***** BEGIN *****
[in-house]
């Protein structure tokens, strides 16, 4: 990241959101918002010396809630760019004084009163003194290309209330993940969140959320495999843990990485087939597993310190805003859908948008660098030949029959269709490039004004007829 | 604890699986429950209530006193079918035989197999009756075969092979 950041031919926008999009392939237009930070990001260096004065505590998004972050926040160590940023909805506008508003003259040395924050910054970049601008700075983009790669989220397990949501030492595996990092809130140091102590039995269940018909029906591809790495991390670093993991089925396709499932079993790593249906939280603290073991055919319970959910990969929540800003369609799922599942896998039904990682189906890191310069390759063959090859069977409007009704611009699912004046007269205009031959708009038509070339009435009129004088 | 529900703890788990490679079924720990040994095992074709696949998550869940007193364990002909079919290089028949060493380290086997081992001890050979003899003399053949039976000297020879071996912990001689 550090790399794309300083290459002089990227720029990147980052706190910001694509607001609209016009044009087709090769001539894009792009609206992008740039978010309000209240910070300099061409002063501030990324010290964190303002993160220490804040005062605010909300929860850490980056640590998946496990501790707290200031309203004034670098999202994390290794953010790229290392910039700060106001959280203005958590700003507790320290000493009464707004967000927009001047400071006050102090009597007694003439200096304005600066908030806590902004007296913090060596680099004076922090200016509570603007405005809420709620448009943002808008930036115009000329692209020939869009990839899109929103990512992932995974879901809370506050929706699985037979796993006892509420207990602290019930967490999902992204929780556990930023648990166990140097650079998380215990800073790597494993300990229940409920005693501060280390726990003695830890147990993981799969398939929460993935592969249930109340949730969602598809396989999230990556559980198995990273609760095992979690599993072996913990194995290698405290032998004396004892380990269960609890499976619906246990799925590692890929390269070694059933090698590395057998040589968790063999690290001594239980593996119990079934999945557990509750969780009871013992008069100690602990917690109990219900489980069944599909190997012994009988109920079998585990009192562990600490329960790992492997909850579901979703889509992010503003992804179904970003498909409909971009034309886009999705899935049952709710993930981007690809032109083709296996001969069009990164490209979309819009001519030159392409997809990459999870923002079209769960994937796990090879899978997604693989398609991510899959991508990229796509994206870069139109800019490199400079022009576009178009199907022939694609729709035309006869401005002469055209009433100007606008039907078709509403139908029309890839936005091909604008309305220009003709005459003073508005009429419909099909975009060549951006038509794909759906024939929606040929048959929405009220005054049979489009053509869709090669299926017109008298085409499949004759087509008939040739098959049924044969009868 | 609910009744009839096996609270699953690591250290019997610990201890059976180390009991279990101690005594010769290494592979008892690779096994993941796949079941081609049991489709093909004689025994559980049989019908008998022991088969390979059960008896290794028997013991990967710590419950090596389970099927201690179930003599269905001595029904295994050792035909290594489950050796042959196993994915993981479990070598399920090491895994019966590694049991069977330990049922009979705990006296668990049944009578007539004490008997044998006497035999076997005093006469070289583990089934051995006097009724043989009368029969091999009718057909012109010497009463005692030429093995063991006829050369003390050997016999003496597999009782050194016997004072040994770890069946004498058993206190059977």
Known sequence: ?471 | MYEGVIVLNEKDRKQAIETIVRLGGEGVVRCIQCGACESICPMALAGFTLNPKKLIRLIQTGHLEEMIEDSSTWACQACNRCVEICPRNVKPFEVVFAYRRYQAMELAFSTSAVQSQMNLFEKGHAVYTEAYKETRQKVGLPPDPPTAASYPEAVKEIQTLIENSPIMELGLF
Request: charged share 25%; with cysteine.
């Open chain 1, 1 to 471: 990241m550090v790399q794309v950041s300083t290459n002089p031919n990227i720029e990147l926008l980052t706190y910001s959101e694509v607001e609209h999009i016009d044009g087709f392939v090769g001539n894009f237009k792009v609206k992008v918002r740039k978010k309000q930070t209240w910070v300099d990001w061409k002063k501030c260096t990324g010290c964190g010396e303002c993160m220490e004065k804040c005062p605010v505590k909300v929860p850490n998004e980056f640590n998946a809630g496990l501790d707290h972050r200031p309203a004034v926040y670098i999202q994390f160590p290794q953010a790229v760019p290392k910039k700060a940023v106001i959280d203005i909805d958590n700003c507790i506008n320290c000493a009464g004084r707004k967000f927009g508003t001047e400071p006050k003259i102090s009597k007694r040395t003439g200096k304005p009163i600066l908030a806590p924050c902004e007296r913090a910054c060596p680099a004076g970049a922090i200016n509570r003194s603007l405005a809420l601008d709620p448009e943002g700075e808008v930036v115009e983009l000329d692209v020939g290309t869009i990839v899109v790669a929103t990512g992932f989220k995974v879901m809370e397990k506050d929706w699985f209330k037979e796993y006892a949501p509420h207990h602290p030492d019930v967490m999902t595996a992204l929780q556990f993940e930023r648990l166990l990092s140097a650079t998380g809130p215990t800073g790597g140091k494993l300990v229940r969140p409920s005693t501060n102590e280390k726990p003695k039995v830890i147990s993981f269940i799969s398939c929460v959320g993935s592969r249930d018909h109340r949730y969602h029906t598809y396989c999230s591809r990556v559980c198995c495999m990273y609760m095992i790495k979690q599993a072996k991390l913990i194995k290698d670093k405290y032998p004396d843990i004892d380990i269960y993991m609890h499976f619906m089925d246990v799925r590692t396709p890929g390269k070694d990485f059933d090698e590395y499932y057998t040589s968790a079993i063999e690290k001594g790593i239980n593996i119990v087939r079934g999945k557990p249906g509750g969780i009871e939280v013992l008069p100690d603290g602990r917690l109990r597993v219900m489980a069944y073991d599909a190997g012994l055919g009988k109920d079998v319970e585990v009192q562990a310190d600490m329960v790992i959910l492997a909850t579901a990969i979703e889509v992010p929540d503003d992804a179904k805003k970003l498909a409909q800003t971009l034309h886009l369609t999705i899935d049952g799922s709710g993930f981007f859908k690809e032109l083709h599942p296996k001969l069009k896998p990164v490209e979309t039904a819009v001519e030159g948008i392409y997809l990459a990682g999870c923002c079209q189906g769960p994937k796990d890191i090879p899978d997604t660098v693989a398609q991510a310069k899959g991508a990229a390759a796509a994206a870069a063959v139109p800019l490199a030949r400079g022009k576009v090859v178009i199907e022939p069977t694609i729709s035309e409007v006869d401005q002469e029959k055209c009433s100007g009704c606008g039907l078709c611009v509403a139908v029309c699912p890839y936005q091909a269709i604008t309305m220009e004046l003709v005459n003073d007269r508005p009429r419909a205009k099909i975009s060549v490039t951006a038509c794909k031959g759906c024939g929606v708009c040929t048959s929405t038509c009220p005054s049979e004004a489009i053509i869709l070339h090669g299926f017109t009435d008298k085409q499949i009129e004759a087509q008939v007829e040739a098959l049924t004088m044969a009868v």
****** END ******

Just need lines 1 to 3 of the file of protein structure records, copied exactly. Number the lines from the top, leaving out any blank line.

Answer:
[in-house]
């Protein structure tokens, strides 16, 4: 990241959101918002010396809630760019004084009163003194290309209330993940969140959320495999843990990485087939597993310190805003859908948008660098030949029959269709490039004004007829 | 604890699986429950209530006193079918035989197999009756075969092979 950041031919926008999009392939237009930070990001260096004065505590998004972050926040160590940023909805506008508003003259040395924050910054970049601008700075983009790669989220397990949501030492595996990092809130140091102590039995269940018909029906591809790495991390670093993991089925396709499932079993790593249906939280603290073991055919319970959910990969929540800003369609799922599942896998039904990682189906890191310069390759063959090859069977409007009704611009699912004046007269205009031959708009038509070339009435009129004088 | 529900703890788990490679079924720990040994095992074709696949998550869940007193364990002909079919290089028949060493380290086997081992001890050979003899003399053949039976000297020879071996912990001689 550090790399794309300083290459002089990227720029990147980052706190910001694509607001609209016009044009087709090769001539894009792009609206992008740039978010309000209240910070300099061409002063501030990324010290964190303002993160220490804040005062605010909300929860850490980056640590998946496990501790707290200031309203004034670098999202994390290794953010790229290392910039700060106001959280203005958590700003507790320290000493009464707004967000927009001047400071006050102090009597007694003439200096304005600066908030806590902004007296913090060596680099004076922090200016509570603007405005809420709620448009943002808008930036115009000329692209020939869009990839899109929103990512992932995974879901809370506050929706699985037979796993006892509420207990602290019930967490999902992204929780556990930023648990166990140097650079998380215990800073790597494993300990229940409920005693501060280390726990003695830890147990993981799969398939929460993935592969249930109340949730969602598809396989999230990556559980198995990273609760095992979690599993072996913990194995290698405290032998004396004892380990269960609890499976619906246990799925590692890929390269070694059933090698590395057998040589968790063999690290001594239980593996119990079934999945557990509750969780009871013992008069100690602990917690109990219900489980069944599909190997012994009988109920079998585990009192562990600490329960790992492997909850579901979703889509992010503003992804179904970003498909409909971009034309886009999705899935049952709710993930981007690809032109083709296996001969069009990164490209979309819009001519030159392409997809990459999870923002079209769960994937796990090879899978997604693989398609991510899959991508990229796509994206870069139109800019490199400079022009576009178009199907022939694609729709035309006869401005002469055209009433100007606008039907078709509403139908029309890839936005091909604008309305220009003709005459003073508005009429419909099909975009060549951006038509794909759906024939929606040929048959929405009220005054049979489009053509869709090669299926017109008298085409499949004759087509008939040739098959049924044969009868 | 609910009744009839096996609270699953690591250290019997610990201890059976180390009991279990101690005594010769290494592979008892690779096994993941796949079941081609049991489709093909004689025994559980049989019908008998022991088969390979059960008896290794028997013991990967710590419950090596389970099927201690179930003599269905001595029904295994050792035909290594489950050796042959196993994915993981479990070598399920090491895994019966590694049991069977330990049922009979705990006296668990049944009578007539004490008997044998006497035999076997005093006469070289583990089934051995006097009724043989009368029969091999009718057909012109010497009463005692030429093995063991006829050369003390050997016999003496597999009782050194016997004072040994770890069946004498058993206190059977």
Known sequence: ?471 | MYEGVIVLNEKDRKQAIETIVRLGGEGVVRCIQCGACESICPMALAGFTLNPKKLIRLIQTGHLEEMIEDSSTWACQACNRCVEICPRNVKPFEVVFAYRRYQAMELAFSTSAVQSQMNLFEKGHAVYTEAYKETRQKVGLPPDPPTAASYPEAVKEIQTLIENSPIMELGLF